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United States Supreme Court Rules that Police Need A Search Warrant to Draw Blood from a DWI Suspect

In Missouri v. McNeely, decided Wednesday, April 17, 2013, the U.S. Supreme Court ruled that the natural dissipation of alcohol by the human body was not a sufficient cause to waive the requirement of a search warrant to obtain a blood sample from a DWI suspect.

The case arose from the arrest of Tyler G. McNeely, who was pulled over for speeding on a Missouri highway and exhibited, the State Supreme Court said, “the telltale signs of intoxication–bloodshot eyes, slurred speech and the smell of alcohol on his breath.” He performed poorly on a field sobriety test and was arrested.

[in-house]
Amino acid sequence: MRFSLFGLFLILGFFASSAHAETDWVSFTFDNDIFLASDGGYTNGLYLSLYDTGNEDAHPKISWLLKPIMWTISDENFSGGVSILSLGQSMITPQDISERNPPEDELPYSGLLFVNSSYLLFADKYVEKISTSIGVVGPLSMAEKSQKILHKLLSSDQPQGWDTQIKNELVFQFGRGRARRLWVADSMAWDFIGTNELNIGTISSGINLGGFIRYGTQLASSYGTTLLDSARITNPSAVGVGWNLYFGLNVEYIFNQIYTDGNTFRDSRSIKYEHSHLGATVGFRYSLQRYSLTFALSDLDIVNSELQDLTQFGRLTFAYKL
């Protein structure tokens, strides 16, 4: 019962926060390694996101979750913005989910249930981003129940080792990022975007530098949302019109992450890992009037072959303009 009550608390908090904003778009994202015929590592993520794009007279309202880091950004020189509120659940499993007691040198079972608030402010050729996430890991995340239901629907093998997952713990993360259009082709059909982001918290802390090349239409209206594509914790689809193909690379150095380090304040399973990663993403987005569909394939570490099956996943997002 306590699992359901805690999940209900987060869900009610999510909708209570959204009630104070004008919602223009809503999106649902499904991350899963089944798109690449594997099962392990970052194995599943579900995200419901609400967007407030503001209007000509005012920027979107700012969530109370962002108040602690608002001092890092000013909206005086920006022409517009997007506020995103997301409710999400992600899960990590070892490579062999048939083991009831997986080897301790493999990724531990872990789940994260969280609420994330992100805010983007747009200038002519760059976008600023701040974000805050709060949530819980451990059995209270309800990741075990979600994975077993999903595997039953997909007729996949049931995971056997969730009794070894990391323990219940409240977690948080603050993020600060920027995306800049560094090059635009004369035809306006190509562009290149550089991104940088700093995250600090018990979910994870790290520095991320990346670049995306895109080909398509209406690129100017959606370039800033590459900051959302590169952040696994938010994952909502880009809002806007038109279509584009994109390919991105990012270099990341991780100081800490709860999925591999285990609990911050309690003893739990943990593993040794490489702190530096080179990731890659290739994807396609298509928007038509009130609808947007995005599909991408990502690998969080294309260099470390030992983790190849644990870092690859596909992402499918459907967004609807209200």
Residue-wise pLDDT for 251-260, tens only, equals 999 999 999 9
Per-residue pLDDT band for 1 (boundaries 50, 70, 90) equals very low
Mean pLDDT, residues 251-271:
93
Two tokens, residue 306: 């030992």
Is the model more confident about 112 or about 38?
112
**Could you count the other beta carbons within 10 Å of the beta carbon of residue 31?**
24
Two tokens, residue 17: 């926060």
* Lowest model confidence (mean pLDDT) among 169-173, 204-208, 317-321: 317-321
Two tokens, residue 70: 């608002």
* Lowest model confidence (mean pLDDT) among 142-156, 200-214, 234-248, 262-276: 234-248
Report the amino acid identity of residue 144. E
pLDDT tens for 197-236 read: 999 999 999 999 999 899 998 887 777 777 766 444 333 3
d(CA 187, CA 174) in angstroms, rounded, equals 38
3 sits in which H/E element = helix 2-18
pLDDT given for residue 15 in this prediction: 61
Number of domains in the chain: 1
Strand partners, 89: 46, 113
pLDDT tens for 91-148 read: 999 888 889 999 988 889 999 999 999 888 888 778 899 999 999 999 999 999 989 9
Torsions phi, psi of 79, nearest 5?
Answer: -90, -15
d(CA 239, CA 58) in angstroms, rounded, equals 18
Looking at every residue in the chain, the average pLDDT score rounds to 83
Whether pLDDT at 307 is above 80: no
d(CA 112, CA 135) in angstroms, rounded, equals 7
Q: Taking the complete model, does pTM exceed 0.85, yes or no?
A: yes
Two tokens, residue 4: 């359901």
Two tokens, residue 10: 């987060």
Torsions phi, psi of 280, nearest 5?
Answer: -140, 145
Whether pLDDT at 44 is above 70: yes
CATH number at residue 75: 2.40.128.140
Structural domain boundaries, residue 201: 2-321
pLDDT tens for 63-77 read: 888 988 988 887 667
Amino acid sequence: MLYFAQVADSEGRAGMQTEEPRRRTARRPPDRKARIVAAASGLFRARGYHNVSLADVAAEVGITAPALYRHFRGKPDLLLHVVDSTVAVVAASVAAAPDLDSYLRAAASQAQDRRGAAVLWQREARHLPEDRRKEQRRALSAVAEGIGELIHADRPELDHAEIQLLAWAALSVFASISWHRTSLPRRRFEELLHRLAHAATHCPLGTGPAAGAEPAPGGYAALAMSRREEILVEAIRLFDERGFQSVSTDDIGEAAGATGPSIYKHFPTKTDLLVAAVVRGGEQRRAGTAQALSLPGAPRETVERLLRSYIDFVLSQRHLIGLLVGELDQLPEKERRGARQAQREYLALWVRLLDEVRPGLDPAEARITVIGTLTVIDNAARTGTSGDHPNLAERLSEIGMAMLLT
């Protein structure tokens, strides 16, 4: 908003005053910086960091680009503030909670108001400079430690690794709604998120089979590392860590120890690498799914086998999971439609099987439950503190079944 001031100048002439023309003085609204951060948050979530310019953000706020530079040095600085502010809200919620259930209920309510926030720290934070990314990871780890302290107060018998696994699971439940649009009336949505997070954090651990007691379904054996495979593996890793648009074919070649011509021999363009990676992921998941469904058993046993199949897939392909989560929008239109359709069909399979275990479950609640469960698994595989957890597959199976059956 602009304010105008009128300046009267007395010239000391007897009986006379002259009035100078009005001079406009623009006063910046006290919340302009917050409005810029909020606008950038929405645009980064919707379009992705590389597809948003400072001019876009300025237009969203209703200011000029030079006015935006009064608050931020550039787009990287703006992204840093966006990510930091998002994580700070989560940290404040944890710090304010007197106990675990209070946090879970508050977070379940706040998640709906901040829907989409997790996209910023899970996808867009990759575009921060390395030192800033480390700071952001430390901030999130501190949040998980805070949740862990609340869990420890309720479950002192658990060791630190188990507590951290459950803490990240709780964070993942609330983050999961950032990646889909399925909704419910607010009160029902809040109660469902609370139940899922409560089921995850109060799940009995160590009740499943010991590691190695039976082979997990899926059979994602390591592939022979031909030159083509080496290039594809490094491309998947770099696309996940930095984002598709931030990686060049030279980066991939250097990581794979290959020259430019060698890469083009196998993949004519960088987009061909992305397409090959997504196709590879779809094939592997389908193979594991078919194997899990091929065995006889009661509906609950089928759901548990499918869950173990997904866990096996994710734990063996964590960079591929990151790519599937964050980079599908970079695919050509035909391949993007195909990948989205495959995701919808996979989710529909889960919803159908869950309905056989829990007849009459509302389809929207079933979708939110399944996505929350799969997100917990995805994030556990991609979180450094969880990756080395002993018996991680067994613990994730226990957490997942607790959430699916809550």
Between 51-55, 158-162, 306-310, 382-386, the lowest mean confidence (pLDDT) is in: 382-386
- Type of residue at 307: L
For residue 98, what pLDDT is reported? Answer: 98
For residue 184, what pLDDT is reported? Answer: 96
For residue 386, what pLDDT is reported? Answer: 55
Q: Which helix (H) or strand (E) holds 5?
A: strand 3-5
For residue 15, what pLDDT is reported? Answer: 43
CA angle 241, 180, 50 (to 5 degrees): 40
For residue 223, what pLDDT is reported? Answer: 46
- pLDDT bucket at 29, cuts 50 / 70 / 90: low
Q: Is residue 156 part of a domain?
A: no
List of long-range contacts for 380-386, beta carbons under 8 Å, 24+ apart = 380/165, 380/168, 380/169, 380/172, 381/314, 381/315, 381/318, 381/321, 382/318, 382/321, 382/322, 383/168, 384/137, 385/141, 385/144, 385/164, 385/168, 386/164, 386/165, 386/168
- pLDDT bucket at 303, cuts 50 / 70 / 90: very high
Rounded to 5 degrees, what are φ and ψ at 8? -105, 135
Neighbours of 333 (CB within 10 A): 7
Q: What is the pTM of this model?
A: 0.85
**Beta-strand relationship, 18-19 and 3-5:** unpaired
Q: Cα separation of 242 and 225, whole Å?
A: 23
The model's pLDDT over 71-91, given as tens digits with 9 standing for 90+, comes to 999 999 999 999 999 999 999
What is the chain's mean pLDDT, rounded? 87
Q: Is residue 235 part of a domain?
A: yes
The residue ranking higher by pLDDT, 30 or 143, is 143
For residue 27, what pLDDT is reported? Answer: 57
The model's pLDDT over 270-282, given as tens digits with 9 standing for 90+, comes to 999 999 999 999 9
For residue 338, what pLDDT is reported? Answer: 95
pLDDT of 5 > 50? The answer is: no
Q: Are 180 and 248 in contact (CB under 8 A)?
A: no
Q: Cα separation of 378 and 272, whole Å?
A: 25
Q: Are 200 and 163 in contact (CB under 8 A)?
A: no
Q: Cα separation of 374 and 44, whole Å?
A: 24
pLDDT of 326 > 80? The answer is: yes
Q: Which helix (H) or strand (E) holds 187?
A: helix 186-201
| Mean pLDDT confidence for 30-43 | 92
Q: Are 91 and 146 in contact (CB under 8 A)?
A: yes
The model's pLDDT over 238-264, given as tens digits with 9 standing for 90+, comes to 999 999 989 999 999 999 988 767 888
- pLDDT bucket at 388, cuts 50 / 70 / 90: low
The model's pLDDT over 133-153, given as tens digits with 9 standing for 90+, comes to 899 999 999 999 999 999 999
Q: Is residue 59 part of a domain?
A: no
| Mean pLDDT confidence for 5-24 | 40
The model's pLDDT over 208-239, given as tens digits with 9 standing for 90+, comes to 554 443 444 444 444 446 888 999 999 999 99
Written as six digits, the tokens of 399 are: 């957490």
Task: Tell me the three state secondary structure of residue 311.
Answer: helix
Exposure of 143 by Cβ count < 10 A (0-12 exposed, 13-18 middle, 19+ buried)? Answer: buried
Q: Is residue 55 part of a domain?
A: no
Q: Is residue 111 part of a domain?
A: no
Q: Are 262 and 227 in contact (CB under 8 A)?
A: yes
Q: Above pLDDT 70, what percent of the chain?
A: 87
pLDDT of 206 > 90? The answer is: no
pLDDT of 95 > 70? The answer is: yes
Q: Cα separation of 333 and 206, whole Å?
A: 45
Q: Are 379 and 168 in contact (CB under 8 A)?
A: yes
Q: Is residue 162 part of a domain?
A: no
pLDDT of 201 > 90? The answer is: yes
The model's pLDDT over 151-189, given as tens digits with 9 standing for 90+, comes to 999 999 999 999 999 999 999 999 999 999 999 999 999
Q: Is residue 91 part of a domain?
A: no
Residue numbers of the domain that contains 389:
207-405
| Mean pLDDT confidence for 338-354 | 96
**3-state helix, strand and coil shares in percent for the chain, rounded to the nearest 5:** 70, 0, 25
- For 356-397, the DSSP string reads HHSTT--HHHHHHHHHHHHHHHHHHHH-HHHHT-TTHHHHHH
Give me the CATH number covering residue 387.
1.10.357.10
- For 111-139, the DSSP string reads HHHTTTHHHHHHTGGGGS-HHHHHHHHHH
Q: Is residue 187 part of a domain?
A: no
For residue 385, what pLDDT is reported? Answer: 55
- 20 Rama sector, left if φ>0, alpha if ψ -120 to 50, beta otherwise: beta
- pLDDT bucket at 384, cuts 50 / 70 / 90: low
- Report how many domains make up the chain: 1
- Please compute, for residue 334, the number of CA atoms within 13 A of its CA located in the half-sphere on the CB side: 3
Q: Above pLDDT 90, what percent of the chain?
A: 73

McNeely refused to take a breath test and, after being transported to a hospital, to consent to a blood test. One was performed anyway, about 25 minutes after he was pulled over, and it showed a blood alcohol level of 0.15 percent, almost twice the legal limit.

The state court suppressed the evidence, saying there had been no “exigent circumstances” that excused the failure to obtain a warrant. “Warrantless intrusions of the body are not to be taken lightly,” the Court said in an unsigned opinion.

See the entire opinion here. 

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